After the obligatory 2 year waiting period following my approval to receive Social Security Disability (SSDI), I became eligible to receive Medicare.  I respectfully declined it.  Turns out my instinct were right!

First, a comment.  Being forced to wait for medical coverage for two years when many patients need help NOW is wrong.  It’s just wrong!

How do I really feel?   Fortunately, I had an option.  My wife’s Cigna insurance through work was less expensive and performing well.  I knew patients with private insurance sometimes get priority service and access to additional services not available to Medicare patients without quality supplemental plans.  But the primary reason I took a pass: Medicare only allows one autologous stem cell transplant for multiple myeloma patients.  One.  As much as I dreaded the thought of undergoing even one SCT, I knew that there may come a time when I needed a second or third.  Worse, Medicare will not cover an allogeniec (Donor) SCT at all.  They’re considered experimental.

medicare

Earlier this week, one of our ever diligent readers, Bonnie, alerted me to a new Medicare restriction on PET scans.  Apparently the program now has a lifetime cap of three PET scans  allowed per diagnosis.  As a non-secreter, Bonnie was very concerned about this.  Looking over the corroborating evidence she forwarded, I interpret it to be limited to three PET scans after a diagnosis is confirmed.  Does that mean a PET used to help diagnose a patient early on doesn’t count against the three test limit?  I believe there is an appeal process; not sure being a non-secreter qualifies.  And do high end supplemental plans pay for additional scans?  Maybe some of you could check and let us know.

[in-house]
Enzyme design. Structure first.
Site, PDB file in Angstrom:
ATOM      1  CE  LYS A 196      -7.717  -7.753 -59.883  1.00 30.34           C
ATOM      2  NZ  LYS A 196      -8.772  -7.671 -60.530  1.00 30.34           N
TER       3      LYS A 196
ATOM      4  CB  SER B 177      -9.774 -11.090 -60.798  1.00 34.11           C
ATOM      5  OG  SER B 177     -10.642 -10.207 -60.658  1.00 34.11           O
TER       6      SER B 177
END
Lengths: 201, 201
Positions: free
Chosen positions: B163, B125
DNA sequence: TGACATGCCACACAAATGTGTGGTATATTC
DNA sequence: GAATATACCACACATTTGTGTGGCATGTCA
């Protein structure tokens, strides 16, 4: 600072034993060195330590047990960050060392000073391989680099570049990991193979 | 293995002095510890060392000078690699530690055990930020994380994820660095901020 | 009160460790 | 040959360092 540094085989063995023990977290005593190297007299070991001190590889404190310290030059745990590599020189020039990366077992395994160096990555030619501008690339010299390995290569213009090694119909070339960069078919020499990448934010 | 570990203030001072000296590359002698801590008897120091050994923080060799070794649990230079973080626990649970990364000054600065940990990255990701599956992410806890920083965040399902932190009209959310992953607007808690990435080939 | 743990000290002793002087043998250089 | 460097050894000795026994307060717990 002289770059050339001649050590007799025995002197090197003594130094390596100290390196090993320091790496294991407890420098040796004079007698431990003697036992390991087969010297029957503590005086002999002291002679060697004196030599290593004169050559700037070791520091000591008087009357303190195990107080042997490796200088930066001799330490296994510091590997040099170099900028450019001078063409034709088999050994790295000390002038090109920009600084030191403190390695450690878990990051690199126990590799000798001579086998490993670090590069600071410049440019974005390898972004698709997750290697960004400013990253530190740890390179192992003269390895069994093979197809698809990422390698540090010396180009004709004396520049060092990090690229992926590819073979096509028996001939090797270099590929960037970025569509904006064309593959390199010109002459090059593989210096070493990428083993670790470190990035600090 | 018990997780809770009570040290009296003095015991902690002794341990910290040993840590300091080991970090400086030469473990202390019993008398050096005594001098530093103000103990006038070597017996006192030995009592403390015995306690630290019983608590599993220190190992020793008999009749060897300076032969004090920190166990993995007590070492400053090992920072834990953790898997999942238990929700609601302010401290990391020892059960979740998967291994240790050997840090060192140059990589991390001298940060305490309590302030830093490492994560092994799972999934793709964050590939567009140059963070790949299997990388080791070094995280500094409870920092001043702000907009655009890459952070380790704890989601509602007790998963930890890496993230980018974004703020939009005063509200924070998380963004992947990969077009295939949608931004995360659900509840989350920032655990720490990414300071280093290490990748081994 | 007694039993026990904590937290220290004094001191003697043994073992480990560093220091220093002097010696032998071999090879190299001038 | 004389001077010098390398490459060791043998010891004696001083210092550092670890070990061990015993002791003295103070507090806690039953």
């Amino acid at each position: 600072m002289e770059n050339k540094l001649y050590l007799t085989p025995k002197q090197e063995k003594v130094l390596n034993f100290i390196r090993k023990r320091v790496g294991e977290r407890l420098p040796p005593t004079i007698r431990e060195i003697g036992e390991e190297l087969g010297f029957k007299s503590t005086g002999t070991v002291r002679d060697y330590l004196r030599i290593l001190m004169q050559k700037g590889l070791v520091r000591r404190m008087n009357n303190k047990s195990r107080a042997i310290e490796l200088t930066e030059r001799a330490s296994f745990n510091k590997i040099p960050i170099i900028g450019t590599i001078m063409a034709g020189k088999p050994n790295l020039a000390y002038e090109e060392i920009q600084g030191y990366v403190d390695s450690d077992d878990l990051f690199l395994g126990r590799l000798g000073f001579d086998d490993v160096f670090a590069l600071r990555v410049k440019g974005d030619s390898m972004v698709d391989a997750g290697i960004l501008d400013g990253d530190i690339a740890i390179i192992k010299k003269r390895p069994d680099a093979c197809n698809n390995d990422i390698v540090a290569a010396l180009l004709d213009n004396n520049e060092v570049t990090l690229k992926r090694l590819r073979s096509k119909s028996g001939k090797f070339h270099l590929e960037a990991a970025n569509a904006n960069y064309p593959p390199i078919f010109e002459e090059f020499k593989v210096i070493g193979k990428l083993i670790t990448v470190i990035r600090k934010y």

http://www.cms.gov/Outreach-and-Education/Medicare-Learning-Network-MLN/MLNMattersArticles/Downloads/MM8739.pdf

In some ways these limits make sense.  I just received my Mayo Clinic bill (insurance is covering it) for my recent PET.  It was well over $7,000.  But for someone like Bonnie, news like this is an understandable concern.  Most don’t have an option like I did.

The good news?  The Leukemia and Lymphoma Society (LLS) is still taking applications for their Co-Pay Assistance Program that includes reimbursement of payments made for Medicare and supplemental insurance.  And income restrictions are surprisingly high; well over $80,000 for a husband and wife.  And there’s no asset test.

Worrying about side effects or how long you’ll live?  Don’t forget to stress over if you have the right insurance, and if it covers expensive diagnostics, stem cell transplants (allo and auto) and the latest, greatest and most expensive new myeloma therapies…

Isn’t this where we all scream together, “CANCER SUCKS!”

It’s still early.  Time for a walk on the beach.

Feel good and keep smiling!  Pat